The impact of donor funding modalities on maternal newborn and child health: a Health Transition Fund case study of Zimbabwe
Thesis (MDF)--Stellenbosch University, 2016.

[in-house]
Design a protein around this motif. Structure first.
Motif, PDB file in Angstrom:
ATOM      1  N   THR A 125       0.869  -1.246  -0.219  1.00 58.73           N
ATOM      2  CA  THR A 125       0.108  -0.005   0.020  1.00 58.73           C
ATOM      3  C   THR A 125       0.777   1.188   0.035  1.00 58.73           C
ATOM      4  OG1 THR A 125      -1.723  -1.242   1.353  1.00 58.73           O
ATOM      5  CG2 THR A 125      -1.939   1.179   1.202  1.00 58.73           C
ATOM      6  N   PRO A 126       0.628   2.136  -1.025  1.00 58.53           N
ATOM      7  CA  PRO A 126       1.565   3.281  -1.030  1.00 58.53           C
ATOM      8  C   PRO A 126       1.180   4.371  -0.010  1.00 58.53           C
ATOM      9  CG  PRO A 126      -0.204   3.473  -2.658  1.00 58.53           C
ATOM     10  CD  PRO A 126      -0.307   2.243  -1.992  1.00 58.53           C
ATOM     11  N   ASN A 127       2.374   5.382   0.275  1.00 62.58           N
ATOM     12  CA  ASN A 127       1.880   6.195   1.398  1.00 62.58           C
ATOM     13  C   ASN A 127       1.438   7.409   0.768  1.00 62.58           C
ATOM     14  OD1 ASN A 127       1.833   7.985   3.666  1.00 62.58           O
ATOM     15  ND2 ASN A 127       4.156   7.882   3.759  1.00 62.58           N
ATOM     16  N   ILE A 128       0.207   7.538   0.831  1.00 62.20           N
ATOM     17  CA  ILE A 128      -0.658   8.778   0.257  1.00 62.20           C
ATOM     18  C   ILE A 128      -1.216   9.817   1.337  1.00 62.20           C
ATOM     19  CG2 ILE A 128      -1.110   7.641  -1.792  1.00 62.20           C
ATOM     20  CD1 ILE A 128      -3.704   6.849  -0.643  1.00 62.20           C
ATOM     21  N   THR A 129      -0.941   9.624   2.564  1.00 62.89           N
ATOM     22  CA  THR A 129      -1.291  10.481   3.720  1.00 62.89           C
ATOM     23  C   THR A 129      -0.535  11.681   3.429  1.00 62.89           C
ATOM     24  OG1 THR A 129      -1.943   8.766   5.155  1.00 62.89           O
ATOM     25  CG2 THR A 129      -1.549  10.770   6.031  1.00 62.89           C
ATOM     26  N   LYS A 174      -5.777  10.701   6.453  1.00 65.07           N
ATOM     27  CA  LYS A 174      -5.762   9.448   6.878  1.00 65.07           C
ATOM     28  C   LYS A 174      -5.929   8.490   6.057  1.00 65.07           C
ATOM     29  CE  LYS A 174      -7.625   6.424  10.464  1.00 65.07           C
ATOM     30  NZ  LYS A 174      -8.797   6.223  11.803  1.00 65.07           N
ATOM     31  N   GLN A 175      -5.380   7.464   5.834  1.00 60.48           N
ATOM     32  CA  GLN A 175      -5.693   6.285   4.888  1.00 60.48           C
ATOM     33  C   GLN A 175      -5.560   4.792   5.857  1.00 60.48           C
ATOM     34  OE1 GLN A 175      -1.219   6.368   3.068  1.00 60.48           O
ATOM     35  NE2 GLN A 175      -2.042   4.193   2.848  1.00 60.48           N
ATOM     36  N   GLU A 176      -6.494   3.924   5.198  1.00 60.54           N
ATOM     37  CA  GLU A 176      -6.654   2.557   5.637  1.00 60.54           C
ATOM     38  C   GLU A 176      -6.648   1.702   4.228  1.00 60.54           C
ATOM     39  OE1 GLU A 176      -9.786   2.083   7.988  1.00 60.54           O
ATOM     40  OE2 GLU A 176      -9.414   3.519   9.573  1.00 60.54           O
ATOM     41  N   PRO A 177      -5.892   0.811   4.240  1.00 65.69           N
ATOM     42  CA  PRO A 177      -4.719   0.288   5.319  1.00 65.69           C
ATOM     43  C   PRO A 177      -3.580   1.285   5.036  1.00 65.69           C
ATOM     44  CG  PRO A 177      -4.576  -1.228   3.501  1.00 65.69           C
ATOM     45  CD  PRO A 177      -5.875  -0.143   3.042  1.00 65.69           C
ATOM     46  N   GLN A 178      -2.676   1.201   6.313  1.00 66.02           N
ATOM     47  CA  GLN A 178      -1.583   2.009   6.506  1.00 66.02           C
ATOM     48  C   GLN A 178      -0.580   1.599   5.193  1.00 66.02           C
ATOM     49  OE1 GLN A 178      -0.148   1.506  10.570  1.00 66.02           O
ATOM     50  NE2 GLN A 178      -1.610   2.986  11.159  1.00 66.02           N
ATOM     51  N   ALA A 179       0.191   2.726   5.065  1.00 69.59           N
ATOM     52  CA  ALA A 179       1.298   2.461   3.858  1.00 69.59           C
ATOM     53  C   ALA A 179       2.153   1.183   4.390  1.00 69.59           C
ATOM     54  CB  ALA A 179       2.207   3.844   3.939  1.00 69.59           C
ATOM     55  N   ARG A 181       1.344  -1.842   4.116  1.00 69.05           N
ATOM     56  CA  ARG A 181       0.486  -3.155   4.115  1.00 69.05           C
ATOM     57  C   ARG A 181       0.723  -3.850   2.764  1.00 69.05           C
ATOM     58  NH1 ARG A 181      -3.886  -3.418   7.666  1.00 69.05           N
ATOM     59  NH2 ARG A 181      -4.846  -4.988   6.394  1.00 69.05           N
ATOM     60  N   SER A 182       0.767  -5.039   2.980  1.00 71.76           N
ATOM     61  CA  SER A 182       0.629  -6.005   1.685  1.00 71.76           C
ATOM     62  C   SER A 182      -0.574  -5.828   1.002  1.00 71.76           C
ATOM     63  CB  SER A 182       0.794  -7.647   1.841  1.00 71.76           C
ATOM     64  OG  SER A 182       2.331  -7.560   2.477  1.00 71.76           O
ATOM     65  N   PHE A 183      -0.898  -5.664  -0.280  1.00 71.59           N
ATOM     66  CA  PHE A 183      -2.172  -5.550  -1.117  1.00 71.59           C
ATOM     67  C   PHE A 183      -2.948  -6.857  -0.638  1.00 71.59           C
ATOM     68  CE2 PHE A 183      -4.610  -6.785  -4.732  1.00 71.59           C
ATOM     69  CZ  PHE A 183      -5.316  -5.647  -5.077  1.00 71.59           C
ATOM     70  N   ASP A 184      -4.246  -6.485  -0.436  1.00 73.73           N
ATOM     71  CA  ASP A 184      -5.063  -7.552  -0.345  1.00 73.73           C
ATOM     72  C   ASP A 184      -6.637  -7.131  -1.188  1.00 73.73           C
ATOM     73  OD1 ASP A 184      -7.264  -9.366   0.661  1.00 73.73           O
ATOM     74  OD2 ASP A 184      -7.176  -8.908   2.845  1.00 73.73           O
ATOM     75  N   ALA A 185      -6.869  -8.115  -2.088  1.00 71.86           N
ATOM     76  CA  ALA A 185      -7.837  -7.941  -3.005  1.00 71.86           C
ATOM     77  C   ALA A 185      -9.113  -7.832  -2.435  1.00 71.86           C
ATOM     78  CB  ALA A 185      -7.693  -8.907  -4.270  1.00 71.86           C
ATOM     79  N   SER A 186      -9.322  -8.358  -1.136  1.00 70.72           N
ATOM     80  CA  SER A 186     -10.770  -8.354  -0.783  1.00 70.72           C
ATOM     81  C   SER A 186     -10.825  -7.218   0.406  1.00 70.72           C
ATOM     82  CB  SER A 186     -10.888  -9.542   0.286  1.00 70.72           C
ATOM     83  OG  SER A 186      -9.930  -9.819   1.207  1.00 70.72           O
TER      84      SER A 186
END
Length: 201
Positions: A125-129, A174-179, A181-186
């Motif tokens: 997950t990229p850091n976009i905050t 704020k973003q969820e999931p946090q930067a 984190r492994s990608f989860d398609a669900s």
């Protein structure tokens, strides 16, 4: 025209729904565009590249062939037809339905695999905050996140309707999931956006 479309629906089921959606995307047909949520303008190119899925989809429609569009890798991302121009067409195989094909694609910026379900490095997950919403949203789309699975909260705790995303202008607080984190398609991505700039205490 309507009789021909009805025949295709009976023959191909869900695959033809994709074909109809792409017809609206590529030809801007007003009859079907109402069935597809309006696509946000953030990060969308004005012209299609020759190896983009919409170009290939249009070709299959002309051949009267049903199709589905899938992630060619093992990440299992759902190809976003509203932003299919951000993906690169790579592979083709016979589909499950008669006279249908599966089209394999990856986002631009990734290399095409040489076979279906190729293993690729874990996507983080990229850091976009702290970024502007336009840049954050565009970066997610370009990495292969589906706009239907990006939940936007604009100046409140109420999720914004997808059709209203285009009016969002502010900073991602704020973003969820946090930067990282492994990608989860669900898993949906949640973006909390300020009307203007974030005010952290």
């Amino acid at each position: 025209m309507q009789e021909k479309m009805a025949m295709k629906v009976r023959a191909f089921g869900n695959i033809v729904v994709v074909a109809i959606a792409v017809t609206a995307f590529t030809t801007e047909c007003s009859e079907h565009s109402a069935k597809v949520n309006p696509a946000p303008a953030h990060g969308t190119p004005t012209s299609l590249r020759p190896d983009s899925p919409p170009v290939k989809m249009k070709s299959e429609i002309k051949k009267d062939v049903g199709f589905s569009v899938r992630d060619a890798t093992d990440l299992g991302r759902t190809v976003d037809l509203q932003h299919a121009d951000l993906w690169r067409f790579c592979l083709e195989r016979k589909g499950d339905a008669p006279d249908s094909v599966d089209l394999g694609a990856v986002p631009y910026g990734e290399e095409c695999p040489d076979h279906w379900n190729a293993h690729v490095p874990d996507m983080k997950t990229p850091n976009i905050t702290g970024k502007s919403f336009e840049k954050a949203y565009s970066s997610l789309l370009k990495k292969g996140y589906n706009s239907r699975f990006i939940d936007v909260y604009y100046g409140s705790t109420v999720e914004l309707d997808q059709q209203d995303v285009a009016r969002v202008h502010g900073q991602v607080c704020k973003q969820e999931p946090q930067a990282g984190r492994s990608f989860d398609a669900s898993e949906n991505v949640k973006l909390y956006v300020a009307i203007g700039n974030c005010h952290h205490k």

ENGLISH SUMMARY : This research assignment sought to examine the effect of donor funding modalities on health service provision and access in Zimbabwe. The specific objectives were to understand the effects of donor funding on maternal, newborn and child health; to examine the factors that influence the effectiveness of the Health Transition Fund on maternal, newborn and child health; and to analyse the challenges faced by the Health Transition Fund in financing maternal, newborn and child health. The research methodology used entailed interviewing various experts in the fields of health financing and maternal, newborn and child health, using a literature survey as well as observation. The conceptual framework used the basket fund model to help navigate the structures and processes of the Health Transition Fund. In terms of findings, consistent with the literature, most of the interviewees agreed that the Health Transition Fund has a significant impact on the health sector in general and on maternal, newborn and child health in particular. However, it was felt by health experts that the mortality levels remained unexceptionally high as a result of macro-economic instability, despite the huge investments in health. Nevertheless, this does not undermine the lessons and advantages of the basket fund model under the Health Transition Fund between 2011 and 2015, which has seen more donors who had continued to run their own autonomous programmes now being drafted into the new multi-donor pool of funds from 2016 – 2020, known as the Health Development Fund. The centrality of human resources retention and motivation has been embedded through a results-based facility scheme, in which staff gets an extra allowance on their salary. The Health Development Funds’ ability to remove user fees has increased access to health services in general for maternal and lactating mothers and under-five children. The research uncovered discrepancies in the application of the policy of user fees, which made the case for a much broader investment in the health sector to include issues such as reproductive health and nutrition. Further research is needed in light of deepening economic and political challenges in Zimbabwe. There is also need to research further the relationship between the Health Transition Fund as managed by United Nations Children's Emergency Fund and other interventions as managed by United Nations Population Fund to comparatively understand the merits of the health financing initiatives.
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